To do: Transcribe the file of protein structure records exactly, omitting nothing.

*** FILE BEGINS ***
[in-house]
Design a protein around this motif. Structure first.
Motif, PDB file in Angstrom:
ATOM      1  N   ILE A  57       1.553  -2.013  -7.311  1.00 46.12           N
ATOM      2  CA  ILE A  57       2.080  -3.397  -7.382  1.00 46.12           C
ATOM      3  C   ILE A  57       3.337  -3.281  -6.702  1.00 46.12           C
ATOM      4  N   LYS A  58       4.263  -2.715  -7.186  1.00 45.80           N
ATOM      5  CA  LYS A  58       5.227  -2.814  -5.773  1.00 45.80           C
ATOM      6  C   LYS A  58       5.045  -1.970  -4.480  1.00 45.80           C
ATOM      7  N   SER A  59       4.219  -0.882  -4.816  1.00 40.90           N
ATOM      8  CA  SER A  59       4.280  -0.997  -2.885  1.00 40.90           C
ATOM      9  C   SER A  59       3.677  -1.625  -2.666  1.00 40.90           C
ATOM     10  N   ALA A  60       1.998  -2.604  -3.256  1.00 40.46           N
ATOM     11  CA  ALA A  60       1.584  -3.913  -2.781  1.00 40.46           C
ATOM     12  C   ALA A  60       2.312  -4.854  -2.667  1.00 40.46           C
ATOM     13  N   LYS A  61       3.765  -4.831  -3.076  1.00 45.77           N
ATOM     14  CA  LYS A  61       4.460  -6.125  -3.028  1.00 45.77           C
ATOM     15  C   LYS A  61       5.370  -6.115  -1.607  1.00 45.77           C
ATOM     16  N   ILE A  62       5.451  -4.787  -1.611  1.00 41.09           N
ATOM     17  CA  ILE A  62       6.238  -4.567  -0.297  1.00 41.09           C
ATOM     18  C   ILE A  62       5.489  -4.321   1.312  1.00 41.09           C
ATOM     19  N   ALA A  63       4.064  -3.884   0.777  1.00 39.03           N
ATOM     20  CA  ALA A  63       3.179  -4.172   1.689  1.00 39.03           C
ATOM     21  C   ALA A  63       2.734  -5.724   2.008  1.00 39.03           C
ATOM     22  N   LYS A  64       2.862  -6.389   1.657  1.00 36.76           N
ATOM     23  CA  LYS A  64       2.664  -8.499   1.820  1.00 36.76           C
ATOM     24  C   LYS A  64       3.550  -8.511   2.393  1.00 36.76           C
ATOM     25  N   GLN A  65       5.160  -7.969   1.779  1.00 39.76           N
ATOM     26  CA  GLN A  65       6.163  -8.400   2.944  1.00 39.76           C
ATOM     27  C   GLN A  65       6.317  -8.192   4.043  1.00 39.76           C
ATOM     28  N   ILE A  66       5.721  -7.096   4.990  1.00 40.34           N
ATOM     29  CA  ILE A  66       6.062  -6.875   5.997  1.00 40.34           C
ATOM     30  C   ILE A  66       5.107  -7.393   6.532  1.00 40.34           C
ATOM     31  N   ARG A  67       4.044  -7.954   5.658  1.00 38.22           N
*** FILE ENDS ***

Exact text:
[in-house]
Design a protein around this motif. Structure first.
Motif, PDB file in Angstrom:
ATOM      1  N   ILE A  57       1.553  -2.013  -7.311  1.00 46.12           N
ATOM      2  CA  ILE A  57       2.080  -3.397  -7.382  1.00 46.12           C
ATOM      3  C   ILE A  57       3.337  -3.281  -6.702  1.00 46.12           C
ATOM      4  N   LYS A  58       4.263  -2.715  -7.186  1.00 45.80           N
ATOM      5  CA  LYS A  58       5.227  -2.814  -5.773  1.00 45.80           C
ATOM      6  C   LYS A  58       5.045  -1.970  -4.480  1.00 45.80           C
ATOM      7  N   SER A  59       4.219  -0.882  -4.816  1.00 40.90           N
ATOM      8  CA  SER A  59       4.280  -0.997  -2.885  1.00 40.90           C
ATOM      9  C   SER A  59       3.677  -1.625  -2.666  1.00 40.90           C
ATOM     10  N   ALA A  60       1.998  -2.604  -3.256  1.00 40.46           N
ATOM     11  CA  ALA A  60       1.584  -3.913  -2.781  1.00 40.46           C
ATOM     12  C   ALA A  60       2.312  -4.854  -2.667  1.00 40.46           C
ATOM     13  N   LYS A  61       3.765  -4.831  -3.076  1.00 45.77           N
ATOM     14  CA  LYS A  61       4.460  -6.125  -3.028  1.00 45.77           C
ATOM     15  C   LYS A  61       5.370  -6.115  -1.607  1.00 45.77           C
ATOM     16  N   ILE A  62       5.451  -4.787  -1.611  1.00 41.09           N
ATOM     17  CA  ILE A  62       6.238  -4.567  -0.297  1.00 41.09           C
ATOM     18  C   ILE A  62       5.489  -4.321   1.312  1.00 41.09           C
ATOM     19  N   ALA A  63       4.064  -3.884   0.777  1.00 39.03           N
ATOM     20  CA  ALA A  63       3.179  -4.172   1.689  1.00 39.03           C
ATOM     21  C   ALA A  63       2.734  -5.724   2.008  1.00 39.03           C
ATOM     22  N   LYS A  64       2.862  -6.389   1.657  1.00 36.76           N
ATOM     23  CA  LYS A  64       2.664  -8.499   1.820  1.00 36.76           C
ATOM     24  C   LYS A  64       3.550  -8.511   2.393  1.00 36.76           C
ATOM     25  N   GLN A  65       5.160  -7.969   1.779  1.00 39.76           N
ATOM     26  CA  GLN A  65       6.163  -8.400   2.944  1.00 39.76           C
ATOM     27  C   GLN A  65       6.317  -8.192   4.043  1.00 39.76           C
ATOM     28  N   ILE A  66       5.721  -7.096   4.990  1.00 40.34           N
ATOM     29  CA  ILE A  66       6.062  -6.875   5.997  1.00 40.34           C
ATOM     30  C   ILE A  66       5.107  -7.393   6.532  1.00 40.34           C
ATOM     31  N   ARG A  67       4.044  -7.954   5.658  1.00 38.22           N